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Why zero-net energy is the future of hotel profitability

The hotel of the future doesn’t come with a housekeeping robot like the Jetsons. The hotel of the future is actually a zero-net energy facility. And what if I told you that the future is now? 

Buildings account for nearly 40 percent of total energy consumption in the U.S. According to the Environmental Protection Agency, “…on average, America’s 47,000 hotels spend US$2,196 per available room each year on energy. This represents about 6% of all operating costs. Through a strategic approach to energy efficiency, a 10% reduction in energy consumption would have the same financial effect as increasing the ADR by US$0.62 in limited-service hotels and by US$1.35 in full-service hotels.”

For a 200-room, full-service hotel with a 60% average occupancy rate that achieves just a 10% reduction in energy would reap the equivalent to US$59,130 of revenue annually. That is the tip of the proverbial iceberg.    

What is a zero-net energy building? As defined by the U.S. Department of Energy,  a zero-net energy building is an energy-efficient building where, on a source energy basis, the actual annual delivered energy is less than or equal to the onsite renewable exported energy.

The hotel of the future can deliver the exact same experience to its customers at a lower cost or higher profit. Which is out of this world.

How? By building resilient hotels that are designed with zero-net energy in mind. It works best with a holistic approach, considering the entire building and site. Here are a few of my favorite examples:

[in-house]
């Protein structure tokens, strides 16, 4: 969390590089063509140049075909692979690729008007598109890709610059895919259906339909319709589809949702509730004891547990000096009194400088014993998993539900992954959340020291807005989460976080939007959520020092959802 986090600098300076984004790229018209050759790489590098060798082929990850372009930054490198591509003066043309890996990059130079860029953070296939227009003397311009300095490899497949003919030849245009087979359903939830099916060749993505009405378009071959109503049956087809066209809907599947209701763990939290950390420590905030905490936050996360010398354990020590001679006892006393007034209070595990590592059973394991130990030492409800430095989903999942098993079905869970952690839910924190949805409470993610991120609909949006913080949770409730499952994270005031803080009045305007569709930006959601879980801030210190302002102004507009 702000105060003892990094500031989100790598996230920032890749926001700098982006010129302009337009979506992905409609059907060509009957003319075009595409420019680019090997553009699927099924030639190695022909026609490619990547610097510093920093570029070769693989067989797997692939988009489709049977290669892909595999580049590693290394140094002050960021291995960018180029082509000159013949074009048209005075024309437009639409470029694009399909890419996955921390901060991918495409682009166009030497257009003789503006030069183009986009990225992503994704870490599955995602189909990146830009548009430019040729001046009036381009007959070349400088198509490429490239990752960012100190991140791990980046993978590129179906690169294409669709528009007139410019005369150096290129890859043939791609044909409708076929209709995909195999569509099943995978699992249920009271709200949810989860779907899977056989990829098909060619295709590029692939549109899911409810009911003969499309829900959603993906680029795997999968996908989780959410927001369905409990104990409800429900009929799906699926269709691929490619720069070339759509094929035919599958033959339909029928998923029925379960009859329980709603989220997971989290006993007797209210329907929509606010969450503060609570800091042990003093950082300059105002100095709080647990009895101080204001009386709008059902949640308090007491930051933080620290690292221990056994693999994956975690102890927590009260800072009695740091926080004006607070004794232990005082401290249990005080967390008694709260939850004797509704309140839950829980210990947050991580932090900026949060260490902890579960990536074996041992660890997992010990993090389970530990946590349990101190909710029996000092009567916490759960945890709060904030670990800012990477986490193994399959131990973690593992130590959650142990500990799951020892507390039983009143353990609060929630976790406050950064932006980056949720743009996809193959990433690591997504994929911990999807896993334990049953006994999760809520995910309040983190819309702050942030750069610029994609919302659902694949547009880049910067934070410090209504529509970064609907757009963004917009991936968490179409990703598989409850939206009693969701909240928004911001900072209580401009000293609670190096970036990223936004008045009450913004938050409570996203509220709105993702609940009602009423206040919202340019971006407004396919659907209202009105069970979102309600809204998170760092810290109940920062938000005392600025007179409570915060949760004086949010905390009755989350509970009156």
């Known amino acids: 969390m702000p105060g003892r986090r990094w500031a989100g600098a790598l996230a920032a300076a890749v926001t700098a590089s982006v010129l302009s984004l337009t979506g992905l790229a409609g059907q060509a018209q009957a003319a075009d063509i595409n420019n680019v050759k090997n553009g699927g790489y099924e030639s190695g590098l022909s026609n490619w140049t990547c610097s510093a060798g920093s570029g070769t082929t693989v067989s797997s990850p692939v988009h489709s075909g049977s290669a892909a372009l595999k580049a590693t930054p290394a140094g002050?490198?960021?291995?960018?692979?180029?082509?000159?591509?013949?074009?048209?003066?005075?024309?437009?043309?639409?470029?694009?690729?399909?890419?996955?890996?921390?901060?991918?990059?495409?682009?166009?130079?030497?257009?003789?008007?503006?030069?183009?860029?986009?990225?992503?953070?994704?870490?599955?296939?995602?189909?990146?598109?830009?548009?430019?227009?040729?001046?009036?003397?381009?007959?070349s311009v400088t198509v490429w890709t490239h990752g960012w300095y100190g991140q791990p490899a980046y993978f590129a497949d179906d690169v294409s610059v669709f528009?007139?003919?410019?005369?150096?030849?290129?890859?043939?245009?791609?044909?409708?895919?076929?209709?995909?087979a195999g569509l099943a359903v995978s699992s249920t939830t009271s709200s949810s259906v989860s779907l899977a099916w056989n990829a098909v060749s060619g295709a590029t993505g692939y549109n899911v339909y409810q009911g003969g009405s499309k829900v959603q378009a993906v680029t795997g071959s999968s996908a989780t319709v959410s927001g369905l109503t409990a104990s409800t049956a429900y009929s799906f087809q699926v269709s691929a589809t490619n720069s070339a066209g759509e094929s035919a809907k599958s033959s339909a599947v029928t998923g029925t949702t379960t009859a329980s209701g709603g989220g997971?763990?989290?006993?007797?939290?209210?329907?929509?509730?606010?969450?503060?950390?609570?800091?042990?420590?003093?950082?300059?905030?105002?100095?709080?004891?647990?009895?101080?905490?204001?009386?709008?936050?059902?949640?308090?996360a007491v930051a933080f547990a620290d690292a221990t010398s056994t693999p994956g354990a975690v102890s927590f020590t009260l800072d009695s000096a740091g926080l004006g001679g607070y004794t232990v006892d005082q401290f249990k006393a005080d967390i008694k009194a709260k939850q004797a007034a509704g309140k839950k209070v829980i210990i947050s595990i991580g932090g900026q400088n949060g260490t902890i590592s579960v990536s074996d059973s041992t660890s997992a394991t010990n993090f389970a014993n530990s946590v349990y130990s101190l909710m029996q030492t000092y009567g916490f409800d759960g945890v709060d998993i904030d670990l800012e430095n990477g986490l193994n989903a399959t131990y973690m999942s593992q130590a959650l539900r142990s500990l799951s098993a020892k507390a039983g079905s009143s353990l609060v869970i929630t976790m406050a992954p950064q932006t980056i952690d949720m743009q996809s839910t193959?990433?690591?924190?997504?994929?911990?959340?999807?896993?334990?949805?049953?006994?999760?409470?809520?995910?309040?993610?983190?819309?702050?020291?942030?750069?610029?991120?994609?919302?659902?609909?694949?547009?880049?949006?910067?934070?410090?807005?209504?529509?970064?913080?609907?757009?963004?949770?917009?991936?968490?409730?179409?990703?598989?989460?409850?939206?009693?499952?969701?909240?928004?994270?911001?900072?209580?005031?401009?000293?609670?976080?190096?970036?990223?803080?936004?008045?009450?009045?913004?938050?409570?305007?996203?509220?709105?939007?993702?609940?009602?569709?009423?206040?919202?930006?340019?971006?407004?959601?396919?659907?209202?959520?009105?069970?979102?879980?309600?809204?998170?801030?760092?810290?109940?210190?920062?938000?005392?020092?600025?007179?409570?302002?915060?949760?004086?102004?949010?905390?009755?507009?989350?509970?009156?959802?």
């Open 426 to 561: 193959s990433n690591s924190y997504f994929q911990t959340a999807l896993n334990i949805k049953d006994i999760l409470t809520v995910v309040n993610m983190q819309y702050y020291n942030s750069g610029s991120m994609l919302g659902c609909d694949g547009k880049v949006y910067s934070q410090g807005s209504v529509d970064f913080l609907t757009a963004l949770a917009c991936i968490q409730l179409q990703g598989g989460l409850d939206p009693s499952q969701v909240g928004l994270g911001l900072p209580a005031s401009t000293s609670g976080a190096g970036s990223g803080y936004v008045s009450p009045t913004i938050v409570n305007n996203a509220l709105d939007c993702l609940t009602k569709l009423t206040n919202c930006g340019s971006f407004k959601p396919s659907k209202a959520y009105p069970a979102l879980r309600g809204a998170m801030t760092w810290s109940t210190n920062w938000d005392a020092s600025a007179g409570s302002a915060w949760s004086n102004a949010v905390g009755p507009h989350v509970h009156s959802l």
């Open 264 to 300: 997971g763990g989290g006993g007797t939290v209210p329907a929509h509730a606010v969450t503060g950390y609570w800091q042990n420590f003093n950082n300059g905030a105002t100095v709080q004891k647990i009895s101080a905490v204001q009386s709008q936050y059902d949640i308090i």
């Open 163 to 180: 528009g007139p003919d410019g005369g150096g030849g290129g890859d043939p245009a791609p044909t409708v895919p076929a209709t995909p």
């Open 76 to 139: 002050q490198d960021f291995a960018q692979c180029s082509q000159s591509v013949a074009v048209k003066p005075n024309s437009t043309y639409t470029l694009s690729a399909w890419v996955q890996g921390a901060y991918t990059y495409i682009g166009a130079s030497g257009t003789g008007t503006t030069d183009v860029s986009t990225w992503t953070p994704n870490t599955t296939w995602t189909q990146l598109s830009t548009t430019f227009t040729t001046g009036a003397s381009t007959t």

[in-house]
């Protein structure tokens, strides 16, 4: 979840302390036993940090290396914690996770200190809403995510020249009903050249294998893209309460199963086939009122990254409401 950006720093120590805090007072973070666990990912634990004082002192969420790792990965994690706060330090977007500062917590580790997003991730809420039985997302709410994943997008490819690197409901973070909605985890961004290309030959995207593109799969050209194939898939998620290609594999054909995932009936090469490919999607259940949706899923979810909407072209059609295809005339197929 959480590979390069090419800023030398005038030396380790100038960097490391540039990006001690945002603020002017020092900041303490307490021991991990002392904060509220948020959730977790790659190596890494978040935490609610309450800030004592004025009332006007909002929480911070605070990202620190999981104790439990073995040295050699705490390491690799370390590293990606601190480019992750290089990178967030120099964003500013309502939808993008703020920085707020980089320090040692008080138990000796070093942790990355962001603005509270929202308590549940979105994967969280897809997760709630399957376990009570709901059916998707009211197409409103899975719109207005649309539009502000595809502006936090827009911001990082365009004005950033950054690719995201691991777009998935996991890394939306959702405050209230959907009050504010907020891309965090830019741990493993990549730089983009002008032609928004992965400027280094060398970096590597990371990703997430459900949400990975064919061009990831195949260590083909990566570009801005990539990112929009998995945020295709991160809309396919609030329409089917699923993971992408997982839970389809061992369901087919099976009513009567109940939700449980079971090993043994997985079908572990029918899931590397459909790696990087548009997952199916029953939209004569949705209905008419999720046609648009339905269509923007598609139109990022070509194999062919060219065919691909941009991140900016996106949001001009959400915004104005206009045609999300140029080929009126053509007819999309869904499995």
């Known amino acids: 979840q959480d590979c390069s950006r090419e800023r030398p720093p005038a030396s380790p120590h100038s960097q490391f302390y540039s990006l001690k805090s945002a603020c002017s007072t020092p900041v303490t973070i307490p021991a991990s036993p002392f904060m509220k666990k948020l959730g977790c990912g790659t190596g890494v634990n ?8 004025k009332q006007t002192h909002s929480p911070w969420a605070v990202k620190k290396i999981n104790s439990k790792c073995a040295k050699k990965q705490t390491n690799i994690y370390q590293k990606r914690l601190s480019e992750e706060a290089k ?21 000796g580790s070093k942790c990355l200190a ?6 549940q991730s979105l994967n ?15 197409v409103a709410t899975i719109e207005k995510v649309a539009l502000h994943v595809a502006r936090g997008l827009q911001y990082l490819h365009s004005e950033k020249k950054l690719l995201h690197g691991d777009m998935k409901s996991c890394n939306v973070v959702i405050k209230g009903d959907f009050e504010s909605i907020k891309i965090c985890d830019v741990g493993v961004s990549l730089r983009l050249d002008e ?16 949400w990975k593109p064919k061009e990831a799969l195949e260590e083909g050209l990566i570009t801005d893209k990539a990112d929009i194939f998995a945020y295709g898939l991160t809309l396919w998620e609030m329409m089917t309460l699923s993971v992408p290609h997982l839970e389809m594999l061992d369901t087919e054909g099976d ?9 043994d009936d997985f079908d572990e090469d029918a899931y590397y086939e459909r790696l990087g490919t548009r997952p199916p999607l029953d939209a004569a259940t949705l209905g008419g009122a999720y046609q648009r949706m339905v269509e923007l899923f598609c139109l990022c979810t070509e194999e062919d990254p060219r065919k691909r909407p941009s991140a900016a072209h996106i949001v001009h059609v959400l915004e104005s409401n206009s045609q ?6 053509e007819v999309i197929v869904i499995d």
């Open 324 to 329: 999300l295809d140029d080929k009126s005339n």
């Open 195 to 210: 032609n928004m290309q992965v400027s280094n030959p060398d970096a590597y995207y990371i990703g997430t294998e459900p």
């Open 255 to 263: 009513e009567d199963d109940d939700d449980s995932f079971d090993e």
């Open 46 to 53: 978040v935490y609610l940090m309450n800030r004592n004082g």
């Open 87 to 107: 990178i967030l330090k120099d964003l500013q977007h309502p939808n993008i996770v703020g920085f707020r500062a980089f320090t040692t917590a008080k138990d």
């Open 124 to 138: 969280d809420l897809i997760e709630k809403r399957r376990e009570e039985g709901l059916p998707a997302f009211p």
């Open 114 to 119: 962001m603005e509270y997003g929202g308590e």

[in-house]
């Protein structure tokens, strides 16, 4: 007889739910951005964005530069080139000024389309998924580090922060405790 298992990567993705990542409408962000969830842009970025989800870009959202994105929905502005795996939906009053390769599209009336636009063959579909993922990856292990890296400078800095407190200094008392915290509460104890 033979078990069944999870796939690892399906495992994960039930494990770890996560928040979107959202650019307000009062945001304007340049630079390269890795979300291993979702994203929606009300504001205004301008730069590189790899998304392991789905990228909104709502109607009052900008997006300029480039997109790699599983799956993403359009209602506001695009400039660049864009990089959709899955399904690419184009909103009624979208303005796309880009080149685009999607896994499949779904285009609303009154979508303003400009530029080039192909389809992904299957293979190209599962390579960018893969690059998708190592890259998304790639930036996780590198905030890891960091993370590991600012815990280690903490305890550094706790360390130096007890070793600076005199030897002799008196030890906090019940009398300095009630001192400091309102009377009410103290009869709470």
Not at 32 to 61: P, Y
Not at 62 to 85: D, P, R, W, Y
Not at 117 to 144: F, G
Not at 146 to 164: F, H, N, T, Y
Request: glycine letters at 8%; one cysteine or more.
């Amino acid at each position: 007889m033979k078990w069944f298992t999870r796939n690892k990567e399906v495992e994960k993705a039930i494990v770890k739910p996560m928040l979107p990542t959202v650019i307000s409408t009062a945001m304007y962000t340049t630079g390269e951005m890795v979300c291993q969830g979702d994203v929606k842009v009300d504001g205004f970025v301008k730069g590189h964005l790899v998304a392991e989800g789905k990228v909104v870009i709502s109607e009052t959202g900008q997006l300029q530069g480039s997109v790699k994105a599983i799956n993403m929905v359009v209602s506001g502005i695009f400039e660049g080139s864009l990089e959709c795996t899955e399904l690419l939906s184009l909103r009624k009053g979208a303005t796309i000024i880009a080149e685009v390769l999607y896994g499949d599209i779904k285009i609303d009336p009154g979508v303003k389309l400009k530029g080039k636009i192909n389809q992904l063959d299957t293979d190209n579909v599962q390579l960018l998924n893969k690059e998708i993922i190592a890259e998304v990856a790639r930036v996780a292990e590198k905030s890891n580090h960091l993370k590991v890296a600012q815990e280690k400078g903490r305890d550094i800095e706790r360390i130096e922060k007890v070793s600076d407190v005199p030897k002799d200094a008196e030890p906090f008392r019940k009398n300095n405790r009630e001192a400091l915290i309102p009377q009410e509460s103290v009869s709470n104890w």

• Nature as service: Storm water capture, vegetation shading, green roofs
  • Infrastructure as amenity: photovoltaic trees, water filtrations as a design feature
  • Transportation: Bicycles, electric vehicle charging, location near mass-transit
  • Material and resource flows: supply chain; food, water, disposables, durable goods
  • Resiliency to future natural and man-made impacts
  • Sustainability as a guest experience: Energy management as guest environmental customization, health and wellness features, community engagement as authentic local experiences.

Some of the best resources come from peer networks like the 2030 Districts initiative, which supports major metropolitan areas in their sustainability endeavors through partnerships between public and private entities. There are also tools developed specifically for project teams in the buildings sector such as – the Seattle 2030 District provides small commercial buildings with tools, resources and services to implement basic energy (and water) efficiency upgrades as well as a project financing toolkit.

Some hotels are leading the way to a zero-net energy future. Boutique Hotel Stadthalle in Vienna, Austria uses renewable energy sources like solar and photovoltaic panels, ground water heat pumps, and three wind turbines. They water the lavender and roses and flush toilets exclusively with water from their well, and they provide two power stations for guests to recharge electric cars – free of charge.

The Brando Resort is carbon neutral through a combination of strategies including: Sea Water Air Conditioning (SWAC) harnesses the cold of the ocean depths to provide highly efficient cooling for all buildings, reducing energy demands by almost 70%; solar energy produced from photovoltaic solar panels along the airstrip address more than half of the resort’s remaining energy needs; solar heating provides all of the resort’s hot water; a coconut oil (biofuel) power station addresses the other half of the resort’s energy needs. Fueled by locally produced coconut oil, this renewable power source also supports the local economy.

Villa at The Brando Resort
Villa at The Brando Resort

Hotels are already achieving zero-net energy performance, in urban and remote resort locations. It isn’t a pipe dream – it is reality today. Don’t be intimidated by zero-net energy building – your competitors are already embracing it and reaping the benefits. There’s no need to wait when the future is now. 

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